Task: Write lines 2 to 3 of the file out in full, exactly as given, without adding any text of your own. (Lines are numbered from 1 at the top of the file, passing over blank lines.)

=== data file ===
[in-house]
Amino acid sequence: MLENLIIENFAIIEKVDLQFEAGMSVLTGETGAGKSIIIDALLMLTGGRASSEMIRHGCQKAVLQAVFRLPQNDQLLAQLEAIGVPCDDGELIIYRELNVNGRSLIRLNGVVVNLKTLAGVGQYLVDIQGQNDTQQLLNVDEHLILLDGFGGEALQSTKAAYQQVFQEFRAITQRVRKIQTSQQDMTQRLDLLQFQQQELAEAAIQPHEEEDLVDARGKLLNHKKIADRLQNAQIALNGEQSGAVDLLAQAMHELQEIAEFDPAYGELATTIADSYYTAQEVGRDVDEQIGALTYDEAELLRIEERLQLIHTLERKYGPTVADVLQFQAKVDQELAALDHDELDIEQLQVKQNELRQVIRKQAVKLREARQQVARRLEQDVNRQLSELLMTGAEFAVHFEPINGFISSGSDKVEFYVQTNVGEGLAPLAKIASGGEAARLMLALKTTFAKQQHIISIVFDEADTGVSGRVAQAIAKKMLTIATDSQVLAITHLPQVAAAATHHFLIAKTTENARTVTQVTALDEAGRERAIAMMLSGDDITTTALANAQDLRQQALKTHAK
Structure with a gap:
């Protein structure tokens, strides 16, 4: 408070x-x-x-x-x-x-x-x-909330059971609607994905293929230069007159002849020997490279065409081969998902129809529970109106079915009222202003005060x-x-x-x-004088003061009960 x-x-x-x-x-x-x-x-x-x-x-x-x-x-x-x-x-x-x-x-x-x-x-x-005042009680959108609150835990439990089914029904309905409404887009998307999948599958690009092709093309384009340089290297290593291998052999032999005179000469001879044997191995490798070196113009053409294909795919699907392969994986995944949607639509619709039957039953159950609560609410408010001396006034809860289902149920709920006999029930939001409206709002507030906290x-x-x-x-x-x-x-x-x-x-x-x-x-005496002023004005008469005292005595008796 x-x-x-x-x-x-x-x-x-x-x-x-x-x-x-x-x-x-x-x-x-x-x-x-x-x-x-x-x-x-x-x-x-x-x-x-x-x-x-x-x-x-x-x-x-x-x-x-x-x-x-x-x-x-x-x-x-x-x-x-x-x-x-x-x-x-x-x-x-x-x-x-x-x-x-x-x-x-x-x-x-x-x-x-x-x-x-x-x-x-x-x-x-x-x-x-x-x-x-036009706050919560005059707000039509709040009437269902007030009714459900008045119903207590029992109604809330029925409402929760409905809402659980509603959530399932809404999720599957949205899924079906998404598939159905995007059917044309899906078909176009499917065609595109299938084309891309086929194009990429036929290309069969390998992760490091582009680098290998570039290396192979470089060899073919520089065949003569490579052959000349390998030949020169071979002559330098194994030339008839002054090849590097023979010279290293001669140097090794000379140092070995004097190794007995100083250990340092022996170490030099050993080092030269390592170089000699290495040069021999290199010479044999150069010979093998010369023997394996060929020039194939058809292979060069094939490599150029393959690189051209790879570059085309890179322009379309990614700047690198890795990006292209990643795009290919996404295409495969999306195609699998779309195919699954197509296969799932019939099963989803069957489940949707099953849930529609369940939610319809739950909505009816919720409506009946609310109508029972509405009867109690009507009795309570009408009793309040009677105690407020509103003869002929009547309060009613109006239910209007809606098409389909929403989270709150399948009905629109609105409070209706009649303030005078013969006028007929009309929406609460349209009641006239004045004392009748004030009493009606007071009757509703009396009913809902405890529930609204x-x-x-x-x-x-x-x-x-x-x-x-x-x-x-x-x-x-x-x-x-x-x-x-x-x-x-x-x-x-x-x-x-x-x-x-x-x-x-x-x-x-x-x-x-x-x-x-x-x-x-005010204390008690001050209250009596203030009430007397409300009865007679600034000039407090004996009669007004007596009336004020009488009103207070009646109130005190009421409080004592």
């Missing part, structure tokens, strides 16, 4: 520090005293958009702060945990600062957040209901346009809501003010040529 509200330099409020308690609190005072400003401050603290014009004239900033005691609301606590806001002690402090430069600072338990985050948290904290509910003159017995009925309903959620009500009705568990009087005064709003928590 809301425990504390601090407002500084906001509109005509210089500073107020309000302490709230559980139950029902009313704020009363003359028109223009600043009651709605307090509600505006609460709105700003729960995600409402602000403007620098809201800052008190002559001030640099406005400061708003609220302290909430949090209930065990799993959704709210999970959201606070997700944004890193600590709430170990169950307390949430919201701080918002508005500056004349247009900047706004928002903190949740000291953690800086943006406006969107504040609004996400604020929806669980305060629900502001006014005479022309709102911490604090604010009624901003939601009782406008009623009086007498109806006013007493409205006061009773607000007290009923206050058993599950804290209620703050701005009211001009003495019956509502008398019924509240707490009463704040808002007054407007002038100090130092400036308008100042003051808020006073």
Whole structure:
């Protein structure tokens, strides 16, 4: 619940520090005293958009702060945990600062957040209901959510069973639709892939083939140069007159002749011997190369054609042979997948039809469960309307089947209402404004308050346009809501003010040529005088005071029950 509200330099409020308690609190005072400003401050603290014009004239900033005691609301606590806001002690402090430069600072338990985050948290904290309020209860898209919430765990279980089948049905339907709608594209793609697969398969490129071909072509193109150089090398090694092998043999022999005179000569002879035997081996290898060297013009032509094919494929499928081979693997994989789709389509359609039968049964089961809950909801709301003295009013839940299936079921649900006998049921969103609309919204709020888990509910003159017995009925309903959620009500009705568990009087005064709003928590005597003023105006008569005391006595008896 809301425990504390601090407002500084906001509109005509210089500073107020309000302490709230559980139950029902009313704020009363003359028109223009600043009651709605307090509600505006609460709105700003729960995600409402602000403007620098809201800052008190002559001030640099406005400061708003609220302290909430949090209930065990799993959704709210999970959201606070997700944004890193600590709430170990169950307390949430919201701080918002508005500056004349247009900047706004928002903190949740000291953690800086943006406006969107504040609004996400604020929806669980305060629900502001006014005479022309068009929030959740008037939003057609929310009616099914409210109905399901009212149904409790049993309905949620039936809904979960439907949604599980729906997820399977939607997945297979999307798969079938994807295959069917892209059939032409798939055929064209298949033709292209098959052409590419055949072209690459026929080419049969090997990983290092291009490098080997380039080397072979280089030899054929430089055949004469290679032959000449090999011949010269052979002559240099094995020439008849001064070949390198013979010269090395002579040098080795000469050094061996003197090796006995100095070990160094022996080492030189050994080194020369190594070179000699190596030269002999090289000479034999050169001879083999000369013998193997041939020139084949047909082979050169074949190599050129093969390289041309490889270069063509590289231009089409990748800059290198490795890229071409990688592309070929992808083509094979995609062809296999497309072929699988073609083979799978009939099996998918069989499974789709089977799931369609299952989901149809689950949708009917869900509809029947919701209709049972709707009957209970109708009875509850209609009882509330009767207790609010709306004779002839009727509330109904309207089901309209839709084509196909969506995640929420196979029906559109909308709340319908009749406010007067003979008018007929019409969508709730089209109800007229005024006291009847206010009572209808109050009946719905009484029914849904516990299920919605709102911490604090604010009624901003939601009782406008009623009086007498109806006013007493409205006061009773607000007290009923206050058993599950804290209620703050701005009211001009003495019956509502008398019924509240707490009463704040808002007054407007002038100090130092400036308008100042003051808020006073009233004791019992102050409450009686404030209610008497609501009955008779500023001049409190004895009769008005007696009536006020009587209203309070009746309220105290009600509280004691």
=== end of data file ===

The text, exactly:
Amino acid sequence: MLENLIIENFAIIEKVDLQFEAGMSVLTGETGAGKSIIIDALLMLTGGRASSEMIRHGCQKAVLQAVFRLPQNDQLLAQLEAIGVPCDDGELIIYRELNVNGRSLIRLNGVVVNLKTLAGVGQYLVDIQGQNDTQQLLNVDEHLILLDGFGGEALQSTKAAYQQVFQEFRAITQRVRKIQTSQQDMTQRLDLLQFQQQELAEAAIQPHEEEDLVDARGKLLNHKKIADRLQNAQIALNGEQSGAVDLLAQAMHELQEIAEFDPAYGELATTIADSYYTAQEVGRDVDEQIGALTYDEAELLRIEERLQLIHTLERKYGPTVADVLQFQAKVDQELAALDHDELDIEQLQVKQNELRQVIRKQAVKLREARQQVARRLEQDVNRQLSELLMTGAEFAVHFEPINGFISSGSDKVEFYVQTNVGEGLAPLAKIASGGEAARLMLALKTTFAKQQHIISIVFDEADTGVSGRVAQAIAKKMLTIATDSQVLAITHLPQVAAAATHHFLIAKTTENARTVTQVTALDEAGRERAIAMMLSGDDITTTALANAQDLRQQALKTHAK
Structure with a gap: